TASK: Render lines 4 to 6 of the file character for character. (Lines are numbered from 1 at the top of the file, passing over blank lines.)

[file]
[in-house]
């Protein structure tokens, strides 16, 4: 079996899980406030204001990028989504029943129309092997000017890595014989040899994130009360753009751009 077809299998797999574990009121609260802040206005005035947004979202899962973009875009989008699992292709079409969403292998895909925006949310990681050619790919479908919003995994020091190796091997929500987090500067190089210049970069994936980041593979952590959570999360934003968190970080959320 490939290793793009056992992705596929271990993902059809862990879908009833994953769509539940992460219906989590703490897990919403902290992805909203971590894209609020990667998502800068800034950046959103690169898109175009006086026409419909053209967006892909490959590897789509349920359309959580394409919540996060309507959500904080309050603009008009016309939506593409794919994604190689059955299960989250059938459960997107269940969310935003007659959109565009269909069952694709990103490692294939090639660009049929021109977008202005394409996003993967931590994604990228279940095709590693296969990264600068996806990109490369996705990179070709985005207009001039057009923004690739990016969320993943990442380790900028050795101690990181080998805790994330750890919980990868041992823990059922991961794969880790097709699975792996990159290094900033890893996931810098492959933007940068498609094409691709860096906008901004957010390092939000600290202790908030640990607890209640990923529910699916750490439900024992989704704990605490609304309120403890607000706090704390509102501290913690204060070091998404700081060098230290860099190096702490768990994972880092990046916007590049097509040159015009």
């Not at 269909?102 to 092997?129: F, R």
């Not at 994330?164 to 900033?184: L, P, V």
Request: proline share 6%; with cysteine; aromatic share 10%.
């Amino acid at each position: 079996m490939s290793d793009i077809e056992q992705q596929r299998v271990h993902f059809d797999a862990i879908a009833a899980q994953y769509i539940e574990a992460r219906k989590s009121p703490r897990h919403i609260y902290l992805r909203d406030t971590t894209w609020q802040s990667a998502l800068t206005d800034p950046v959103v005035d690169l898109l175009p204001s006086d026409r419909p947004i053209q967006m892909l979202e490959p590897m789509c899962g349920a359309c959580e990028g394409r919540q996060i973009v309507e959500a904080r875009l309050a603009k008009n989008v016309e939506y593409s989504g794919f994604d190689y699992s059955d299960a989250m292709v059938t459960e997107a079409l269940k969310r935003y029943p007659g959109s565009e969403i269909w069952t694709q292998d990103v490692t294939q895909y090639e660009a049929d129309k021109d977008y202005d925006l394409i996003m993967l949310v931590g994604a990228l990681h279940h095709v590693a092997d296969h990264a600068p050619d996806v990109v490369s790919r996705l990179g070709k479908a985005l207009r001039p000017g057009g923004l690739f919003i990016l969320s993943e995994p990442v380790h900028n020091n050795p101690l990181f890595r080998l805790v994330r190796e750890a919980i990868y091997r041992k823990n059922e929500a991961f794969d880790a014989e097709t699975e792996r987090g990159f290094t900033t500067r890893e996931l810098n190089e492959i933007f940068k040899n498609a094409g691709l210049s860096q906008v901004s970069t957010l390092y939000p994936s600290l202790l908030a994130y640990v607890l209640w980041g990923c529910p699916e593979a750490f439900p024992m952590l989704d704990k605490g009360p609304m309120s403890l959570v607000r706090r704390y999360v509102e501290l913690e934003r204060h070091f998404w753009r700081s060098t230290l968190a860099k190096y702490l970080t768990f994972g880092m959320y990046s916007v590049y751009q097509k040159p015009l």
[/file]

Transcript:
């Not at 994330?164 to 900033?184: L, P, V």
Request: proline share 6%; with cysteine; aromatic share 10%.
């Amino acid at each position: 079996m490939s290793d793009i077809e056992q992705q596929r299998v271990h993902f059809d797999a862990i879908a009833a899980q994953y769509i539940e574990a992460r219906k989590s009121p703490r897990h919403i609260y902290l992805r909203d406030t971590t894209w609020q802040s990667a998502l800068t206005d800034p950046v959103v005035d690169l898109l175009p204001s006086d026409r419909p947004i053209q967006m892909l979202e490959p590897m789509c899962g349920a359309c959580e990028g394409r919540q996060i973009v309507e959500a904080r875009l309050a603009k008009n989008v016309e939506y593409s989504g794919f994604d190689y699992s059955d299960a989250m292709v059938t459960e997107a079409l269940k969310r935003y029943p007659g959109s565009e969403i269909w069952t694709q292998d990103v490692t294939q895909y090639e660009a049929d129309k021109d977008y202005d925006l394409i996003m993967l949310v931590g994604a990228l990681h279940h095709v590693a092997d296969h990264a600068p050619d996806v990109v490369s790919r996705l990179g070709k479908a985005l207009r001039p000017g057009g923004l690739f919003i990016l969320s993943e995994p990442v380790h900028n020091n050795p101690l990181f890595r080998l805790v994330r190796e750890a919980i990868y091997r041992k823990n059922e929500a991961f794969d880790a014989e097709t699975e792996r987090g990159f290094t900033t500067r890893e996931l810098n190089e492959i933007f940068k040899n498609a094409g691709l210049s860096q906008v901004s970069t957010l390092y939000p994936s600290l202790l908030a994130y640990v607890l209640w980041g990923c529910p699916e593979a750490f439900p024992m952590l989704d704990k605490g009360p609304m309120s403890l959570v607000r706090r704390y999360v509102e501290l913690e934003r204060h070091f998404w753009r700081s060098t230290l968190a860099k190096y702490l970080t768990f994972g880092m959320y990046s916007v590049y751009q097509k040159p015009l």